The greatest meteor shower of the year peaks tonight

The challenge is timed to coincide with the Perseid Meteor Shower, so residents can enjoy the night sky while conserving energy.

NASA TV described the Perseid meteor shower as a display of "shooting stars" lighting up in the sky.

The Perseid meteor shower happens every August when Earth passes through a trail of tiny debris left by the comet Swift-Tuttle. The idea is to see as much of the sky as possible - from as dark of a spot as possible - since meteors shoot through the sky from different spots.

Adams said that though the weather may prohibit viewing, she's hopeful that it will clear up before the meteor shower and encouraged people to participate even though they might not see meteors. The last Perseid outburst occurred in 2009. Scientists consider it an outburst when the shower peaks with double the normal number of meteors.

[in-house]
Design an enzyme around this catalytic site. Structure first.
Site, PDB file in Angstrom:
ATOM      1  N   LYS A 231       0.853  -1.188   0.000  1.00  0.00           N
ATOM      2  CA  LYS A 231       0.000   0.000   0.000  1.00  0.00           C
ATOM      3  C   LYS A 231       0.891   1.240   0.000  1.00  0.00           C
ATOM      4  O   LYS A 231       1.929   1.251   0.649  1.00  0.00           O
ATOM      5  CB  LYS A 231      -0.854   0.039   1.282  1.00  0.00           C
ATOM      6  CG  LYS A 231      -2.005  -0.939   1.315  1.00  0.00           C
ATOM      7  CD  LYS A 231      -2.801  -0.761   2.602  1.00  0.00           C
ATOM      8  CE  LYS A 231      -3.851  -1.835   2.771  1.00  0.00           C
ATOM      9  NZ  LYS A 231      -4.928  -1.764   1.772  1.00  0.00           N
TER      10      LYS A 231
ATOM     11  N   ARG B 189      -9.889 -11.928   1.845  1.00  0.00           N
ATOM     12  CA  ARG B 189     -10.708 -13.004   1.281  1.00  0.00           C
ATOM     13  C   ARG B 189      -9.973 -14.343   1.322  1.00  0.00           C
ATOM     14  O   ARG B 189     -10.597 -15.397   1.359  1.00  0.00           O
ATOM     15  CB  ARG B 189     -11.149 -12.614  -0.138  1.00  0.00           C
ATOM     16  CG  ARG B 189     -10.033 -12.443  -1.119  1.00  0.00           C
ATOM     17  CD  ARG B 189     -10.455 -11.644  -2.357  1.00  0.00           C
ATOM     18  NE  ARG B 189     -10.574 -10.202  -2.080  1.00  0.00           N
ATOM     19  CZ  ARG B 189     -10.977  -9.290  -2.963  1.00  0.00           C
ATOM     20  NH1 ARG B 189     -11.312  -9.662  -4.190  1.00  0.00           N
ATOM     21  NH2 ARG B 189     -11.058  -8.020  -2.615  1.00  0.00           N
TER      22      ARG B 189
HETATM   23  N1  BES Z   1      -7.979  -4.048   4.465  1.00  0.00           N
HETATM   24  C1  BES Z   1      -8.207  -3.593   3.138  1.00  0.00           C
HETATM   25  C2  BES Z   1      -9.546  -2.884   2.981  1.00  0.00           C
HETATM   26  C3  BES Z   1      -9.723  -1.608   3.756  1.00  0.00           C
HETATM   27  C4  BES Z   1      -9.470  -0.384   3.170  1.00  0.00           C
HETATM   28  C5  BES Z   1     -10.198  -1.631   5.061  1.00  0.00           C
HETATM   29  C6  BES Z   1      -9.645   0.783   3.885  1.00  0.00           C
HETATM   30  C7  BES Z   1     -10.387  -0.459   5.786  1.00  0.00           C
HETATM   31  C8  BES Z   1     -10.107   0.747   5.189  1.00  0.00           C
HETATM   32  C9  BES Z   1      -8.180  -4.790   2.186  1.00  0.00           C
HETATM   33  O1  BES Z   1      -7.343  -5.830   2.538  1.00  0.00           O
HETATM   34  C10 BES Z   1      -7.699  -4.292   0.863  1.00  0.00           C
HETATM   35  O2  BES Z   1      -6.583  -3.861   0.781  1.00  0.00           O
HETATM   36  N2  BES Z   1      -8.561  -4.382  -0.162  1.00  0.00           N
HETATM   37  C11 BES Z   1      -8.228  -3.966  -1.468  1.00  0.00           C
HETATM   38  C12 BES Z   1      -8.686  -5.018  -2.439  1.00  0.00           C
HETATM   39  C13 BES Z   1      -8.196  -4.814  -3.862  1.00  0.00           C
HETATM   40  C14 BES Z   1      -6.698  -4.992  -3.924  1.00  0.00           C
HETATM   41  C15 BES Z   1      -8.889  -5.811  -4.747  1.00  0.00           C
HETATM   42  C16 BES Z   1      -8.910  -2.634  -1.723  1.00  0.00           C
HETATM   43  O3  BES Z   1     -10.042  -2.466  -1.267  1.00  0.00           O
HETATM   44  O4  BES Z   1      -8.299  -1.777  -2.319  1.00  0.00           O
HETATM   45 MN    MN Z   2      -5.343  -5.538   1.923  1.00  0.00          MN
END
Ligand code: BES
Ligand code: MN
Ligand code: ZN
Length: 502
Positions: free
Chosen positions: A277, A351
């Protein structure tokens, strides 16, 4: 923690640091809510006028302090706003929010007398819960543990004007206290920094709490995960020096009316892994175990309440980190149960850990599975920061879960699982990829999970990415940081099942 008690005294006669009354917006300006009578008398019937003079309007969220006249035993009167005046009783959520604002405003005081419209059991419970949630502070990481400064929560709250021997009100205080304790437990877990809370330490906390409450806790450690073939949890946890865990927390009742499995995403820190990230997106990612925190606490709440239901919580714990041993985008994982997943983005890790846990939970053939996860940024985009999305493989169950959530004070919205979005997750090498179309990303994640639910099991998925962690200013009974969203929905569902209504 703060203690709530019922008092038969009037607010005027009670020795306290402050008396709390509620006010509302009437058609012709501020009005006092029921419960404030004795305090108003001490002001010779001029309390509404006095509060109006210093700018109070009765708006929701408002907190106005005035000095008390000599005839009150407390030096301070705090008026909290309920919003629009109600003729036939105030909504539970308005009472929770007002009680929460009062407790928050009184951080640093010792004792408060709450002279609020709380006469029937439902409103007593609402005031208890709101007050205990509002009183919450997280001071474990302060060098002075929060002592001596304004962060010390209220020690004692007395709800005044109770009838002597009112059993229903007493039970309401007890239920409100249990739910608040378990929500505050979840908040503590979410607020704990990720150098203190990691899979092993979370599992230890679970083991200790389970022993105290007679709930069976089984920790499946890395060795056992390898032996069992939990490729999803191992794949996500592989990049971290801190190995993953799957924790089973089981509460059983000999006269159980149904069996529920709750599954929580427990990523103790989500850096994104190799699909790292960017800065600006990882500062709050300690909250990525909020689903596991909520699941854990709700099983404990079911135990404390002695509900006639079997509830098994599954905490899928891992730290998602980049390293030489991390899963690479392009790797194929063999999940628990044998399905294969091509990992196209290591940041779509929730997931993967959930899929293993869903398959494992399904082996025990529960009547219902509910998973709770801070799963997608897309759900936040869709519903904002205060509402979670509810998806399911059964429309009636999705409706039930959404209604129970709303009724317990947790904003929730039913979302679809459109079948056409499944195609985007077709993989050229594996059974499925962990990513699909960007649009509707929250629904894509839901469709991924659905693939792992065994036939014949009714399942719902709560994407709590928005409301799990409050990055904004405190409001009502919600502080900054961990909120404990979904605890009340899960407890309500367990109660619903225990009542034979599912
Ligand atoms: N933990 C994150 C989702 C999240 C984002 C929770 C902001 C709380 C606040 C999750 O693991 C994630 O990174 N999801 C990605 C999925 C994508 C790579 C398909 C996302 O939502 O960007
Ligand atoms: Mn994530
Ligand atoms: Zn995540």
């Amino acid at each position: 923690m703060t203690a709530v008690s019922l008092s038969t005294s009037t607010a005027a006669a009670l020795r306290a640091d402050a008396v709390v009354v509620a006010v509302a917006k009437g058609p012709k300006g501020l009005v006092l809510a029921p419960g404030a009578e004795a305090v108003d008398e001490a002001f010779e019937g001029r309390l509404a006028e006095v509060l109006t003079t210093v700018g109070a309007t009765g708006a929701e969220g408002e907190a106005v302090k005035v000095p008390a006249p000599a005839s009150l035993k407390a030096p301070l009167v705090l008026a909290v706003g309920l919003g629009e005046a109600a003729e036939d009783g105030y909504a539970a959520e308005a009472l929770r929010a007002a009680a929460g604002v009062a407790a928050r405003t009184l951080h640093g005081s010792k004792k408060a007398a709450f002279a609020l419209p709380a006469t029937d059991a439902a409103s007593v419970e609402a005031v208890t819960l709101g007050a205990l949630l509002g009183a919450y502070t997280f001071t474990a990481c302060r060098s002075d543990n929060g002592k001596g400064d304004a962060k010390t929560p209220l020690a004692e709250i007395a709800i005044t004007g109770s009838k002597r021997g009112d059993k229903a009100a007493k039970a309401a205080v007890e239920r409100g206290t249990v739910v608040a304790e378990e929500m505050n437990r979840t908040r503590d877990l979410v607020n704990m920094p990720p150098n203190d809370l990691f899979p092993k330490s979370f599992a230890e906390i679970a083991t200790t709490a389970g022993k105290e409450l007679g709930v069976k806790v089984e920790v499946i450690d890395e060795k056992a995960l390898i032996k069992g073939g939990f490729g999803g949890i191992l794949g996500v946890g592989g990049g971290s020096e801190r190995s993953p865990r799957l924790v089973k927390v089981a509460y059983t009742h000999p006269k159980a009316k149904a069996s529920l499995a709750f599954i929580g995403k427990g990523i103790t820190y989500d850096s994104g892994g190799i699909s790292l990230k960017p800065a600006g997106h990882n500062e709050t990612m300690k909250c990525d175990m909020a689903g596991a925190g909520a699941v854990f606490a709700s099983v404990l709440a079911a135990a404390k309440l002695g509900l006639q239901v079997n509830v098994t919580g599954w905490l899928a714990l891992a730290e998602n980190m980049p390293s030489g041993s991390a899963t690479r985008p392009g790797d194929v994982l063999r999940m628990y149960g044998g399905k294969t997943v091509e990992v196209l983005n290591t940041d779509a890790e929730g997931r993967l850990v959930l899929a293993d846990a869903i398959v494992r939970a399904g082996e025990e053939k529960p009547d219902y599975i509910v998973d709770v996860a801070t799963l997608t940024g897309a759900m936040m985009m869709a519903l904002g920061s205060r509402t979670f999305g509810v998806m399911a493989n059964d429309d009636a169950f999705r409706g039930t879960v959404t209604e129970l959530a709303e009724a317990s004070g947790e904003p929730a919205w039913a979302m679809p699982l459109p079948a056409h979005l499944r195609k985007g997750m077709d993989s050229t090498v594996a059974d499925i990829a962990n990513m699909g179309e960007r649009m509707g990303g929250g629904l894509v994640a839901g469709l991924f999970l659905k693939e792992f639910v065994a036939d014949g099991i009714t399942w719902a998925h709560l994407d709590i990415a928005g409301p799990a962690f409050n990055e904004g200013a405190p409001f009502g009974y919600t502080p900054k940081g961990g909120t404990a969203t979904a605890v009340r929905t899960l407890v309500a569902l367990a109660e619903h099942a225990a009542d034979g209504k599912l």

In the transition between Friday night and Saturday morning - 12:56 a.m. "Occasionally, though, Jupiter's gravity tugs the huge network of dust trails closer, and Earth plows through closer to the middle, where there's more material". "Under flawless conditions, rates could soar to 200 meteors per hour". When Earth crosses the paths of Swift Tuttle's debris, specks of comet particles hit Earth's atmosphere making it look like flashes of light. NASA points out that it may take up to 45 minutes for people's eyes to adjust to the darkness and be able to spot the sometimes-dim streaks. "And they've traveled billions of miles before their kamikaze run into Earth's atmosphere".

Perseid Meteors and Milky Way over the Mattole Valley.

The Perseids pose no danger to Earth. But an outburst could mean trouble for spacecraft.



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